It should, of course, be an important part of defence-in-depth, part of active monitoring. "Twenty Powershell windows on a development machine with admin privileges? Probably okay, but one should stonewall the dev network from operations and finance. Single powershell process spawning out of the blue in the middle of accounting, where they only use ERP and Excel? Why? Let's take a look what's going on."
Funny, as I read an article or three to that effect several years ago. I thought Powershell would have been well understood by now. Why the sudden urge to comment on in, especially by a "random" group of five eyes states?
Just trade one set of problems for another. No thanks!! Linux is it's own bundle of problems and is fast becoming a target of hackers just like Windows.
Prediction, you will counter with the argument that Linux is more secure. Why has there been a triple digit increase in infections and attacks on Linux over the past two years if it is so much more secure?
PowerShell is a two car garage size back door allowing hackers access and control of your system/network! I have failed to find security measures sufficient to keep it running on my system, it is blocked even for admins. PowerShell is a mess of overly complex commands and syntax structures that I find difficult to learn let alone use.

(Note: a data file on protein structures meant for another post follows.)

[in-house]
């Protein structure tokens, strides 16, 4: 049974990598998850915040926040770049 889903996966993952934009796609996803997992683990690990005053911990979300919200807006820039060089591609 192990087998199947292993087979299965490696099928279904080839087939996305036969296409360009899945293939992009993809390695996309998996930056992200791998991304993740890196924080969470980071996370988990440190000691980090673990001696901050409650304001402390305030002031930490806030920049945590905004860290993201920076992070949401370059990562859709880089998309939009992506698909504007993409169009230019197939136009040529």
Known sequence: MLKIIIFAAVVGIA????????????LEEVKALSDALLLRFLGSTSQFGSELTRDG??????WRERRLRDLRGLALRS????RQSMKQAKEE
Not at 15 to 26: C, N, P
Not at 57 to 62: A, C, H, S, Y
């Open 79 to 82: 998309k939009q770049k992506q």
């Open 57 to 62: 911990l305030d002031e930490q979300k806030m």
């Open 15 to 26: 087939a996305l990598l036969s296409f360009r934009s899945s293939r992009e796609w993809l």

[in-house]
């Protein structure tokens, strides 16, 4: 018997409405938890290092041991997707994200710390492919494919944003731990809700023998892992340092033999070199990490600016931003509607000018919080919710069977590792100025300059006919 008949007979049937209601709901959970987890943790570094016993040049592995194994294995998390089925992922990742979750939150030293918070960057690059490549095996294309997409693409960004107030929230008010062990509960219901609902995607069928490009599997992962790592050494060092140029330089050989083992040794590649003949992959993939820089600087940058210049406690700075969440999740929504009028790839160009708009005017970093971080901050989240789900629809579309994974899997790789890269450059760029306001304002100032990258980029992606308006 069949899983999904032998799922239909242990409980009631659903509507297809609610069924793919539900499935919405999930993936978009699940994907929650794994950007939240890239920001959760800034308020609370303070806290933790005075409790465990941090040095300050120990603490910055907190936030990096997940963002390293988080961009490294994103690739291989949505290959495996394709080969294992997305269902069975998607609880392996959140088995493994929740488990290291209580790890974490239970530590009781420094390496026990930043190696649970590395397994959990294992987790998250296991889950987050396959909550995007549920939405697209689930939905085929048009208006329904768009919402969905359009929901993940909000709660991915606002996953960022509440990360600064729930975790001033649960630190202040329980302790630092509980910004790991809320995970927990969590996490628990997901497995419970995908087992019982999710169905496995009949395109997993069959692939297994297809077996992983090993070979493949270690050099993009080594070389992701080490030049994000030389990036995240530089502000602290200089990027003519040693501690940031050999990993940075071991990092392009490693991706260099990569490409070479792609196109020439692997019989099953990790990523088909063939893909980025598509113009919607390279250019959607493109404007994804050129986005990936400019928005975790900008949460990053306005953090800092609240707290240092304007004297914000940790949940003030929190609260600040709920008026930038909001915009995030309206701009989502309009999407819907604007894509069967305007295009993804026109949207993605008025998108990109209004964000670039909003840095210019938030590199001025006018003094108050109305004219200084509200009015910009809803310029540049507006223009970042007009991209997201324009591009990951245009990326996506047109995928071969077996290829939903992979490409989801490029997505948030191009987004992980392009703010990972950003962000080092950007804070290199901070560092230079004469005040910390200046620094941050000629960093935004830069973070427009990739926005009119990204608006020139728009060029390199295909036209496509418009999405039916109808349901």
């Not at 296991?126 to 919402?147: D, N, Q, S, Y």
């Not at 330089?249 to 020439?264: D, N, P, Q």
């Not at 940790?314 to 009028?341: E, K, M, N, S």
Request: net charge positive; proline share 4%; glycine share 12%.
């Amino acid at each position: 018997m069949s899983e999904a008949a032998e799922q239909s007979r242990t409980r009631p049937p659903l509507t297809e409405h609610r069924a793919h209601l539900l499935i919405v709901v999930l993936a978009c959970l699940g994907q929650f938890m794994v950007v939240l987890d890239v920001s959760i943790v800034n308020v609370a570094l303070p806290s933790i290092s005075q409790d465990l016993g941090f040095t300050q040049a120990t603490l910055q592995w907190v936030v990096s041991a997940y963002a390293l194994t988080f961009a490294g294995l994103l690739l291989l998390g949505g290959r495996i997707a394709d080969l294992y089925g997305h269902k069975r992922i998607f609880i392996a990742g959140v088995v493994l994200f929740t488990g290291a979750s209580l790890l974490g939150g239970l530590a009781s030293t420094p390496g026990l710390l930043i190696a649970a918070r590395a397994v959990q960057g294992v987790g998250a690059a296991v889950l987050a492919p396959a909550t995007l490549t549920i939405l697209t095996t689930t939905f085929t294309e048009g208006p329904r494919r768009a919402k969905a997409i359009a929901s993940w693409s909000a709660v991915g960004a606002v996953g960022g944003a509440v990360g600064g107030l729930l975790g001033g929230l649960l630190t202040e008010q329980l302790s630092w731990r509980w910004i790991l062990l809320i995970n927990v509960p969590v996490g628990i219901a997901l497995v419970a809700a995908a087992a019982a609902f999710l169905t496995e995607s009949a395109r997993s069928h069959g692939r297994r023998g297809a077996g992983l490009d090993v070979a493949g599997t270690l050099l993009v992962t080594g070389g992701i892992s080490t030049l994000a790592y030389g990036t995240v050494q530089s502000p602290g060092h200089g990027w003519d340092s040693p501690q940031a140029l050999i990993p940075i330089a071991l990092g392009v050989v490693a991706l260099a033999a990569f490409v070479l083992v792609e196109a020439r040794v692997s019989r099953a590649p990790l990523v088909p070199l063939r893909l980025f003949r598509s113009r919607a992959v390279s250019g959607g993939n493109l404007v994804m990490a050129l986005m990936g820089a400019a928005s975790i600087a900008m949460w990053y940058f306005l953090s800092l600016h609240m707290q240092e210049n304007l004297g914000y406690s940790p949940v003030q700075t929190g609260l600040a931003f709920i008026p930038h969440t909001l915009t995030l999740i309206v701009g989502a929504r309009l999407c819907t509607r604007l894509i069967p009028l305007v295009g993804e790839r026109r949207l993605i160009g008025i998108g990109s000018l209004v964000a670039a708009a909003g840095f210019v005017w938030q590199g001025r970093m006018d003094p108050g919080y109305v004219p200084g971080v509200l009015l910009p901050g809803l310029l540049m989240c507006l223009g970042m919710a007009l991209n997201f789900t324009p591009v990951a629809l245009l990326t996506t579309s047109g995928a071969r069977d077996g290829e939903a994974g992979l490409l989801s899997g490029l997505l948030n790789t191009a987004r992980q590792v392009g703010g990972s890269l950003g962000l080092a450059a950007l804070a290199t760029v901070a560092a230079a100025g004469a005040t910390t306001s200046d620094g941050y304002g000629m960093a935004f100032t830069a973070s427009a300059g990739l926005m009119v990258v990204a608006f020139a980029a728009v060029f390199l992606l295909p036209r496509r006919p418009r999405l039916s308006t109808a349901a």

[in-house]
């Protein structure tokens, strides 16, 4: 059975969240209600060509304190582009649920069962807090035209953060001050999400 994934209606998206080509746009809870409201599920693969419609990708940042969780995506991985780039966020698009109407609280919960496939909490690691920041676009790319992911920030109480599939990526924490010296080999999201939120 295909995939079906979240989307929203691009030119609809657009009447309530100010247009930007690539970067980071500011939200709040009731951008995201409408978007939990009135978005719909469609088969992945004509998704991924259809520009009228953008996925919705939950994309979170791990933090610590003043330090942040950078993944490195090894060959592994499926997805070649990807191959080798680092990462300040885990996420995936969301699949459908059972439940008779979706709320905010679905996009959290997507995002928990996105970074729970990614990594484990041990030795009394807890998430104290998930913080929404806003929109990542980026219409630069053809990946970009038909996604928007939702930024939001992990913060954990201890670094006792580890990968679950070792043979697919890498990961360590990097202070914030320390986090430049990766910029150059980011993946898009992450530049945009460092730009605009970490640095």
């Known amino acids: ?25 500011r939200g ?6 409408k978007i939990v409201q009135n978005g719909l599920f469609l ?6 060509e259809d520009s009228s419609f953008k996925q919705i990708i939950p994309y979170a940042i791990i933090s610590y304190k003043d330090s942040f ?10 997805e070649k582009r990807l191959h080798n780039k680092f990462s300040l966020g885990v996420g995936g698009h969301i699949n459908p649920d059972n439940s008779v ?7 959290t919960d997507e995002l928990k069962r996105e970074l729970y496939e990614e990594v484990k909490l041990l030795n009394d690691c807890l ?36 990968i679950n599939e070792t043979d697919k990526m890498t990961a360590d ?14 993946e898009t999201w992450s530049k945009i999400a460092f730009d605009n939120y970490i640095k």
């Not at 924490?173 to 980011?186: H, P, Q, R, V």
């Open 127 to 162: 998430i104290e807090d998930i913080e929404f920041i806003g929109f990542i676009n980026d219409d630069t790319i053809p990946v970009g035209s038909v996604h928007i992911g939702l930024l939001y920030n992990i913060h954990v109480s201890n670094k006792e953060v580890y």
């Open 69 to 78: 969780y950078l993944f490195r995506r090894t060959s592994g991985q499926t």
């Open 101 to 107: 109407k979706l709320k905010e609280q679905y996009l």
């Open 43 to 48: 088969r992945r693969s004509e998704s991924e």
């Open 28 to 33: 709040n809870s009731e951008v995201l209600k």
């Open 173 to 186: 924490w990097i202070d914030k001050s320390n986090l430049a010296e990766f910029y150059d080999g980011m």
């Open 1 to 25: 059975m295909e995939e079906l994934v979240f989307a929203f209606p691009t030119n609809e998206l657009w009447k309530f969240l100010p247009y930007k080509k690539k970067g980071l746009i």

I see very little in PowerShell that enhances security and an abundance of drawbacks.
Jeffrey Snover's lengthy and occasionally controversial term at Microsoft is to come to an end this week, as the PowerShell inventor sets off for pastures new after more than two decades at the Windows giant.
The US government is pushing federal agencies and private corporations to adopt the Modern Authentication method in Exchange Online before Microsoft starts shutting down Basic Authentication from the first day of October.